Venous thromboembolic events were 3 times more common in the hormone group than in the placebo group. Recent observational studies have reported similar relative risks for idiopathic venous thromboembolism among users of both unopposed estrogen46– 49 and estrogen plus progestin therapy.47,49 The excess incidence of venous thrombotic events in HERS was 4.1 per 1000 woman-years of observation, an order of magnitude higher than the excess reported in the observational studies; the higher rate is probably a consequence of the facts that women enrolled in HERS were older and had multiple risk factors for venous thrombosis and that only idiopathic events were counted in the observational studies.

We found an increased risk of gallbladder disease in the hormone group that is likely attributable to the estrogen therapy. Metabolic studies indicate that estrogen enhances hepatic lipoprotein uptake and inhibits bile acid synthesis, resulting in increased biliary cholesterol and cholelithiasis.50

Observational studies have suggested that therapy with postmenopausal estrogen for 5 years or less is not associated with an increased risk of breast cancer but that longer duration of therapy might be associated with a small increase in risk.51 The HERS trial was not large enough and therapy did not continue for long enough to address this issue.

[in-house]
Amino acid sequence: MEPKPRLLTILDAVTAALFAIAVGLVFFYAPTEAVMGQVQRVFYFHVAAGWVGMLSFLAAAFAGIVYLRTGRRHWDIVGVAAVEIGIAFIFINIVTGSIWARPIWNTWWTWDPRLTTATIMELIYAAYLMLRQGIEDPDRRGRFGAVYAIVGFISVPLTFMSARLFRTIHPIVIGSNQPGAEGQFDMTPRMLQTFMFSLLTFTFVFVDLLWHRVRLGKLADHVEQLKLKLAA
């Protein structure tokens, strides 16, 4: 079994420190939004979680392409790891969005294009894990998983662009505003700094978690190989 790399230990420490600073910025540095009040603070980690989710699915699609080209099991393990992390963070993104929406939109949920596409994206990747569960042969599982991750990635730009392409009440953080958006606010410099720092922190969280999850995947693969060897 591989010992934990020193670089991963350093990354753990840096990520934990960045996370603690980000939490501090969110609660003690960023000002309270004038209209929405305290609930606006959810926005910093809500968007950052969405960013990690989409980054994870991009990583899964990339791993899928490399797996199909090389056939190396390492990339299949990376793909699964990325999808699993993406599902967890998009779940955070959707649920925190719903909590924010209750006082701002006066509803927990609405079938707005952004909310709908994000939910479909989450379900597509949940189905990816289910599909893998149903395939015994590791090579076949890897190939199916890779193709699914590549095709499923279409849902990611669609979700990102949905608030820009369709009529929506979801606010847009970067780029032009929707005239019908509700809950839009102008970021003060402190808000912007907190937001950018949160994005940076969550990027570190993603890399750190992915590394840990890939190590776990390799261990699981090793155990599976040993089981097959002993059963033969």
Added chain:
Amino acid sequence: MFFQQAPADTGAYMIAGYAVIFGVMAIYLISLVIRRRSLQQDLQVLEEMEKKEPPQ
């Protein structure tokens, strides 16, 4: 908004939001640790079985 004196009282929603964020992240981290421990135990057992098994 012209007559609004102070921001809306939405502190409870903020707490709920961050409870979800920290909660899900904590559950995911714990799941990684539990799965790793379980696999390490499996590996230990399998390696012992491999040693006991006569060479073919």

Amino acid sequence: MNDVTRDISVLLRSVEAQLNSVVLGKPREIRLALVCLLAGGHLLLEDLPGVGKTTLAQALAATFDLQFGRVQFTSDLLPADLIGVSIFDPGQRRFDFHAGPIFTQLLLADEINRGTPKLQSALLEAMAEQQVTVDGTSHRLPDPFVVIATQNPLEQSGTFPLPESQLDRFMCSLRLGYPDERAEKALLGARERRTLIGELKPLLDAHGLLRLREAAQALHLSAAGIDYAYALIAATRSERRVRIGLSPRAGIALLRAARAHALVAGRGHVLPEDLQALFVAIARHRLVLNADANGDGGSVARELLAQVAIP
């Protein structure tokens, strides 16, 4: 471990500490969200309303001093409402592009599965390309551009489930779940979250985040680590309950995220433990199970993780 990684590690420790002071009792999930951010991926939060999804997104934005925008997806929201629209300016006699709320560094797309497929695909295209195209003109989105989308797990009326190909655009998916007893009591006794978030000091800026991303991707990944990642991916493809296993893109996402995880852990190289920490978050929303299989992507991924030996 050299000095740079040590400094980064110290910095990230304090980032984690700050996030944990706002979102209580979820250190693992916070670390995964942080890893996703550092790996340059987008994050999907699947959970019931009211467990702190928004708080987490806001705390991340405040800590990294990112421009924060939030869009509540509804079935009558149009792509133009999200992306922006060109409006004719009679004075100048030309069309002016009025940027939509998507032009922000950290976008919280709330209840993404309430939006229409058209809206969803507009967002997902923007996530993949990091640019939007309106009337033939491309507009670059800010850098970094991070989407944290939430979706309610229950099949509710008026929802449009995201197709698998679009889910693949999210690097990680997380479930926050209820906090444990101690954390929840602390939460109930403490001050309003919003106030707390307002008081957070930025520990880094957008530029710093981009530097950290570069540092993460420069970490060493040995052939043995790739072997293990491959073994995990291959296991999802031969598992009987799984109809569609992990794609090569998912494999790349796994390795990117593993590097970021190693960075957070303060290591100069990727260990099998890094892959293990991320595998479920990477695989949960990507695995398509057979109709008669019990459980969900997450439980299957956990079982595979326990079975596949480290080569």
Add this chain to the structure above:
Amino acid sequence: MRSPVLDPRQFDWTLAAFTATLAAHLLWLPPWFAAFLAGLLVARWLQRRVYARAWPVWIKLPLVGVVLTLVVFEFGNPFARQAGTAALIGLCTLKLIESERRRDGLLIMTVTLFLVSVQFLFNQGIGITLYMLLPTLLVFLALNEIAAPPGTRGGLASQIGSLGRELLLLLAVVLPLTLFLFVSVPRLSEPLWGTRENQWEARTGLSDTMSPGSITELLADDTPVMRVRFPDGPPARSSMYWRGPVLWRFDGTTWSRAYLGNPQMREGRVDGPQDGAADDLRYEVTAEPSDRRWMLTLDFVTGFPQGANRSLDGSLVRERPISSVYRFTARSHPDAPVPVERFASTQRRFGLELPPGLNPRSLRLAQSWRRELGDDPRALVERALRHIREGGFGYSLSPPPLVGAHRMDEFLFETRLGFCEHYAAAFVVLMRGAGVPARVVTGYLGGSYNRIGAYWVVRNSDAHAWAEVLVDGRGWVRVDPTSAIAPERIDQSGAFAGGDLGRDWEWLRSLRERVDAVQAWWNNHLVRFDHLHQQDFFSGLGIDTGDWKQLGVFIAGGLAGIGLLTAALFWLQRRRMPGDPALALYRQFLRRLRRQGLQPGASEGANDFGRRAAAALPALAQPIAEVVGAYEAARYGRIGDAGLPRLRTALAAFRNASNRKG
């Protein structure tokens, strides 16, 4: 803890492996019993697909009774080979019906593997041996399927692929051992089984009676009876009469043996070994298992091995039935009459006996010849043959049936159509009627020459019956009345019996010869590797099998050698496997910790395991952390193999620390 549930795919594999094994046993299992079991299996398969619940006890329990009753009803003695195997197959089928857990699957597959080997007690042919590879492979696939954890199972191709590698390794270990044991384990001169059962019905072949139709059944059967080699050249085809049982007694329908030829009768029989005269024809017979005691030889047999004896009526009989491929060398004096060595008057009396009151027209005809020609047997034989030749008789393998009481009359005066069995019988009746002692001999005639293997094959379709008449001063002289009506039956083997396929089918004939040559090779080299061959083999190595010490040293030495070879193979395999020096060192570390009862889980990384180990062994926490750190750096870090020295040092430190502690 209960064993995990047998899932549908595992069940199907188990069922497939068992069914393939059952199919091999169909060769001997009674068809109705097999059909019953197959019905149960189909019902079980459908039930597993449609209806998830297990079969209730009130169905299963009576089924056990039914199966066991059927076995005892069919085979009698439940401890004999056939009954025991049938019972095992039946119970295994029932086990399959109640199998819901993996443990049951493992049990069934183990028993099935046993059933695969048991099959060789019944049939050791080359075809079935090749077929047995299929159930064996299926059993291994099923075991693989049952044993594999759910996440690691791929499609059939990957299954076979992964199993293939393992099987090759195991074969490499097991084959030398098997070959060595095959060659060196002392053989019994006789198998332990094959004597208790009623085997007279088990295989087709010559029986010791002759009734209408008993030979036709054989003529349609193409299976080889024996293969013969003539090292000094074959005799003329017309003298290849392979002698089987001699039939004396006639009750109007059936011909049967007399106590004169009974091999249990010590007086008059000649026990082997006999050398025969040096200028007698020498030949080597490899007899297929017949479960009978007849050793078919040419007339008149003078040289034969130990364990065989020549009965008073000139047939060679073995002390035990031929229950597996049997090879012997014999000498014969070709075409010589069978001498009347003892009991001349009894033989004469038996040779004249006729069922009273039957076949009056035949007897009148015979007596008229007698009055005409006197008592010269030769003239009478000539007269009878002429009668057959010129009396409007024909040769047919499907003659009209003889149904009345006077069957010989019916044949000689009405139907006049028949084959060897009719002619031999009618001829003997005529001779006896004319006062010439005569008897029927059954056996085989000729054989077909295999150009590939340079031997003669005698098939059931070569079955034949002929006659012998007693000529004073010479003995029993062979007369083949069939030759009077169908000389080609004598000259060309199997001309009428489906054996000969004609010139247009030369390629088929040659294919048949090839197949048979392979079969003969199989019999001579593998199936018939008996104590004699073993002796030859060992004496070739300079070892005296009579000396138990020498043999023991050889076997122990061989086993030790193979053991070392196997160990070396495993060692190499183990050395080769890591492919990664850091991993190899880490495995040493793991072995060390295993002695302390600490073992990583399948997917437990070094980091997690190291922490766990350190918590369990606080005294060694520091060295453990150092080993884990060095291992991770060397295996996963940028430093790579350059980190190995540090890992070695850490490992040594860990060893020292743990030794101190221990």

The incidence of fractures in the hormone group was only slightly lower than in the placebo group. Wide CIs around the fracture risk estimates reveal inadequate statistical power and do not exclude a reduction in risk of hip fracture of as much as 51% or a reduction in risk of other fracture of as much as 27%.

Strengths and Limitations of the Trial

The CHD risk factor profile of women enrolled in HERS is similar to that of a random sample of US women with probable heart disease, suggesting that the findings of HERS may be generalized to that population.52 However, HERS did not evaluate the effect of estrogen plus progestin therapy in women without CHD, and it is not known whether our findings apply to healthy women. It is also not known whether use of a different progestin or of estrogen alone would have been beneficial.